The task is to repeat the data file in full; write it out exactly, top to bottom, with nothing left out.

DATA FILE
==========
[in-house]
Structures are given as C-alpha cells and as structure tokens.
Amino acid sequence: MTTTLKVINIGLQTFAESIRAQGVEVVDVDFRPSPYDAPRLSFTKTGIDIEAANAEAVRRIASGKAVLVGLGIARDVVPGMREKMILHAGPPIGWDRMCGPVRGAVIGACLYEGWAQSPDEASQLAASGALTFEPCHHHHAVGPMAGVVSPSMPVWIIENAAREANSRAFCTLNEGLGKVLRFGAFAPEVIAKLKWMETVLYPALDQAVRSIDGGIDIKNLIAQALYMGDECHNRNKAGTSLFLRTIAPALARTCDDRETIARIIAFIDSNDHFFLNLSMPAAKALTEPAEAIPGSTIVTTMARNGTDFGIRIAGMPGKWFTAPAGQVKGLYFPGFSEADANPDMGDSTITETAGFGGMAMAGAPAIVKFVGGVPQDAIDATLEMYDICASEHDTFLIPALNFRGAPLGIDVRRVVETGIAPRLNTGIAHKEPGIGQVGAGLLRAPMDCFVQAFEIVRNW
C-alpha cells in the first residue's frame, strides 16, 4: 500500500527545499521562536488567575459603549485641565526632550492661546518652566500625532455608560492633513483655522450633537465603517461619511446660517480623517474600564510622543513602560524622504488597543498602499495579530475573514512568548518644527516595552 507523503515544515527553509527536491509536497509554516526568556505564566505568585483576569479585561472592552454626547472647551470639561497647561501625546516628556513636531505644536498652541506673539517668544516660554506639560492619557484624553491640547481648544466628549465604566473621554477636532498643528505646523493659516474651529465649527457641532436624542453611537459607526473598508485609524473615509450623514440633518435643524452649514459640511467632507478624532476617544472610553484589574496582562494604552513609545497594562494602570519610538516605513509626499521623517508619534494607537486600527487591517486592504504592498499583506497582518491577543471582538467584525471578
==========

[in-house]
Structures are given as C-alpha cells and as structure tokens.
Amino acid sequence: MTTTLKVINIGLQTFAESIRAQGVEVVDVDFRPSPYDAPRLSFTKTGIDIEAANAEAVRRIASGKAVLVGLGIARDVVPGMREKMILHAGPPIGWDRMCGPVRGAVIGACLYEGWAQSPDEASQLAASGALTFEPCHHHHAVGPMAGVVSPSMPVWIIENAAREANSRAFCTLNEGLGKVLRFGAFAPEVIAKLKWMETVLYPALDQAVRSIDGGIDIKNLIAQALYMGDECHNRNKAGTSLFLRTIAPALARTCDDRETIARIIAFIDSNDHFFLNLSMPAAKALTEPAEAIPGSTIVTTMARNGTDFGIRIAGMPGKWFTAPAGQVKGLYFPGFSEADANPDMGDSTITETAGFGGMAMAGAPAIVKFVGGVPQDAIDATLEMYDICASEHDTFLIPALNFRGAPLGIDVRRVVETGIAPRLNTGIAHKEPGIGQVGAGLLRAPMDCFVQAFEIVRNW
C-alpha cells in the first residue's frame, strides 16, 4: 500500500527545499521562536488567575459603549485641565526632550492661546518652566500625532455608560492633513483655522450633537465603517461619511446660517480623517474600564510622543513602560524622504488597543498602499495579530475573514512568548518644527516595552 507523503515544515527553509527536491509536497509554516526568556505564566505568585483576569479585561472592552454626547472647551470639561497647561501625546516628556513636531505644536498652541506673539517668544516660554506639560492619557484624553491640547481648544466628549465604566473621554477636532498643528505646523493659516474651529465649527457641532436624542453611537459607526473598508485609524473615509450623514440633518435643524452649514459640511467632507478624532476617544472610553484589574496582562494604552513609545497594562494602570519610538516605513509626499521623517508619534494607537486600527487591517486592504504592498499583506497582518491577543471582538467584525471578